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Kingman Trails September 2010 Picture Thread

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Story continued from above: On the Sleeping Princess trail there are 2 optional washes you can take that loop back to the main trail, which are named the 'Bob Miller Extension' and 'Hell's Half Mile'. Here we are after exiting the 1st Extension and about to enter the 2nd Extension:




We couldn't remember the name of the 2nd extension, so we were referring to it as the 'Hairy' Half Mile. I asked everyone it they thought it was 'Harry Half Mile' or 'Hairy Half Mile', and after running it, they all resoundingly agreed on the later. Here are some pictures from the 2nd Extension which is really called 'Hells Half Mile':




Discussing the line:




Scotty Up the boulder:




Next obstacle:








The last obstacle is a V-Notch that Number 7 had a hard time with [winched off] last time we were there. Regardless of the fact that the reason was he forgot to engage the rear OX locker, George didn't take Clifford on Hell's Half Mile. Too bad, because here's Russ negotiating the same V-Notch successfully:




And then we discovered a new Up & Over By-Pass, which Clifford would have been fine on. Oh well, that's why there's a next time.


Here's thekdude on the Up & Over lookin' like a denizen of the deep:











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After exiting Hell's Half Mile we took the main trail almost to the top where we stopped for lunch in a saddle overlooking the river valley.




Lake Mojave in the background:




And then it was on to the top and otherside of the mountain.




George and I had never been down the otherside, so we decided to go that way. The trail is much smoother and not nearly as steep. We went past Don Laughlin's place, which is literally out in the middle of nowhere, in fact it's so far back from the road you can't really tell much about it.




Don's View:




Wayne knew of an old homestead at a spring that's only a couple miles down an offshoot trail and we decided to check it out. The trail gets too narrow when it gets to the spring, so we walked the last part down into a narrow canyon where we found remains of several buildings and the lush, overgrown riverbed from the spring. Among the things growing there were several pear trees, a pomagranite tree, sunflowers, thistles and mint. This would be a great place to visit during pear season, be sure to take some sacks to put the fruit in!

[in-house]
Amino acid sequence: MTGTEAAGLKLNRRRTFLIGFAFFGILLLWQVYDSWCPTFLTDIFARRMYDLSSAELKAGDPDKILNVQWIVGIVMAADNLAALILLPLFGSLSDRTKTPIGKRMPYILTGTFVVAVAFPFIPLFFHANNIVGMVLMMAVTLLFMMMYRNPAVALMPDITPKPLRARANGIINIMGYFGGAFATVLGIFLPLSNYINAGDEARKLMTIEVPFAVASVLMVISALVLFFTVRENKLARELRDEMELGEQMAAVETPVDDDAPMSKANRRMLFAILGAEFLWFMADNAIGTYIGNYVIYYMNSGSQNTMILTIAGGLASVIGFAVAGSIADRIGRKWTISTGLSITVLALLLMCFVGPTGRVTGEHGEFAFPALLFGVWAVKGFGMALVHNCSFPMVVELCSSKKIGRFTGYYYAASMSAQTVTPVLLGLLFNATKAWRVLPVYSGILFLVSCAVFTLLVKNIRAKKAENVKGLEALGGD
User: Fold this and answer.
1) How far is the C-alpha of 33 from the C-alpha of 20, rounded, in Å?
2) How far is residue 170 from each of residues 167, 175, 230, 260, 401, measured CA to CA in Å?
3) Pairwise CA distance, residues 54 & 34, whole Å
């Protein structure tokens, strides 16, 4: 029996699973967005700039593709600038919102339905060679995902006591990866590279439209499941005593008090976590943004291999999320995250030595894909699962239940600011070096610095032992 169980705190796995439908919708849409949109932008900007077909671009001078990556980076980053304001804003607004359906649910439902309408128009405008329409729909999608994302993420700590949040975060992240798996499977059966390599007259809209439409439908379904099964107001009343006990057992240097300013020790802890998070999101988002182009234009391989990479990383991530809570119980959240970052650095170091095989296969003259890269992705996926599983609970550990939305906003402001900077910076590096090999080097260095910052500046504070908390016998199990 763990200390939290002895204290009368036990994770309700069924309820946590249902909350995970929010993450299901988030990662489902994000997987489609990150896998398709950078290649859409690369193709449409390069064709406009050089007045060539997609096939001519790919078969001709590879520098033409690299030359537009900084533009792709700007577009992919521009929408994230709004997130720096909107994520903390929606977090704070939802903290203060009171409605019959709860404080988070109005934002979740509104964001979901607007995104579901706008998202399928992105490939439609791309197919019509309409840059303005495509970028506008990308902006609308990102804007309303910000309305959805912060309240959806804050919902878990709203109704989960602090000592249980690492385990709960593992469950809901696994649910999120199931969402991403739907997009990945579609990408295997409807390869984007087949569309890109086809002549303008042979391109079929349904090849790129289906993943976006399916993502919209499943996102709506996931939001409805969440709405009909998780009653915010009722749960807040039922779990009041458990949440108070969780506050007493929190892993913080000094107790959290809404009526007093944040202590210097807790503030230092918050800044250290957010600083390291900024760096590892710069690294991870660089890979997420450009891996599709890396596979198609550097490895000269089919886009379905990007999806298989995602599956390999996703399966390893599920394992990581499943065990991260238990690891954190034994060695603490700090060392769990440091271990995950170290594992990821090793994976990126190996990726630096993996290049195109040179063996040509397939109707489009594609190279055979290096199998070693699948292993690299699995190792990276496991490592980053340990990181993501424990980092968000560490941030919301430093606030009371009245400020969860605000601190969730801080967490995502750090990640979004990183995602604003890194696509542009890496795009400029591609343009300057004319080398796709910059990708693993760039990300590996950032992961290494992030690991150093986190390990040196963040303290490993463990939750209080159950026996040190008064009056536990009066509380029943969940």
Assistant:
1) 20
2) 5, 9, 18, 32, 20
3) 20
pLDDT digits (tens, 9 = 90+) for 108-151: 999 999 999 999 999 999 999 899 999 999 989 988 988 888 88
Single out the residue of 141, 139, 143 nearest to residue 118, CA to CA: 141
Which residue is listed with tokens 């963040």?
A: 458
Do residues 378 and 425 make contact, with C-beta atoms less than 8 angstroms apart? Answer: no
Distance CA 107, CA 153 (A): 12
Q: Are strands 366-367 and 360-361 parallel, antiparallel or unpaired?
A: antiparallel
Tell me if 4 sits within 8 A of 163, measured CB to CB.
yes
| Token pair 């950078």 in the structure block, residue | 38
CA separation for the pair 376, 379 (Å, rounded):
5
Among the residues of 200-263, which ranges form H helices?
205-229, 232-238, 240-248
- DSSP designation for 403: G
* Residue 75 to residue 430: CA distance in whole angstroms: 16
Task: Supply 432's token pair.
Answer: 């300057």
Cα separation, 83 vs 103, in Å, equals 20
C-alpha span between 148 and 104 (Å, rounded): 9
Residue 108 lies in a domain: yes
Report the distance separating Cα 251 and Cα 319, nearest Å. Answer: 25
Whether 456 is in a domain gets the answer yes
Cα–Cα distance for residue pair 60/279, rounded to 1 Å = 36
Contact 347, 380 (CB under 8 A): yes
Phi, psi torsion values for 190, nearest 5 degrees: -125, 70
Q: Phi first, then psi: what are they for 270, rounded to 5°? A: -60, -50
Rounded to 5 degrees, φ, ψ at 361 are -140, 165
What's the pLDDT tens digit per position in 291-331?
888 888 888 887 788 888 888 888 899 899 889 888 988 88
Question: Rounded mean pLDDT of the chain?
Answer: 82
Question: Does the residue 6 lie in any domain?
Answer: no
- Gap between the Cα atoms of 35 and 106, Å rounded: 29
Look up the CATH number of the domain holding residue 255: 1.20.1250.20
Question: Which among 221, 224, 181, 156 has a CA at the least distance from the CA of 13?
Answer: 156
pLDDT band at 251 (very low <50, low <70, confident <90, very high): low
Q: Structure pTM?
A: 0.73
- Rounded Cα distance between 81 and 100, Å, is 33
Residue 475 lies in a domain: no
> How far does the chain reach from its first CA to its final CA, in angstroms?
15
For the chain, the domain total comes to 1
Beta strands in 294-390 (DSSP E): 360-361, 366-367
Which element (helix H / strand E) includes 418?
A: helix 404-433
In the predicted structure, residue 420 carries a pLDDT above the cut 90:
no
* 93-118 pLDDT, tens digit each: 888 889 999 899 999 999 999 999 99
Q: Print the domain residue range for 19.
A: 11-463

Back on the main trail on the way out to the highway we passed the Wayfarer's Inn, which is said to have had bars across the opening back in the day and used as some kind of holding cell. The spray-painted writing on the door says 'Eschew Against Dupery':




The trail becomes Jurassic Road in Golden Valley, and then we turned on Egar Road to get back to Highway 68:




Up next Serendipity Sunday.




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Serendipity is by far the most difficult trail we did while we were in Kingman. Near D W Ranch Road and I-40, Serendipity is a series of obstacles in a wash with a trail along side, and several ways to exit the wash along the way. A gravel plant was recently established at the bottom; you'll see it in the background of some of the pictures.


The 1st Obstacle used to be a 'gatekeeper', because it was more difficult. Rigs were apt to get scraped along the rear passenger side up high, I saw a hardtop get cracked, and I've seen a tie rod get bent on it. But now there's a conveyor for the gravel plant right above it, and it's filled in where it used to dip in, and the only place anybody got a scratch in our group was on the passenger side rear bumper.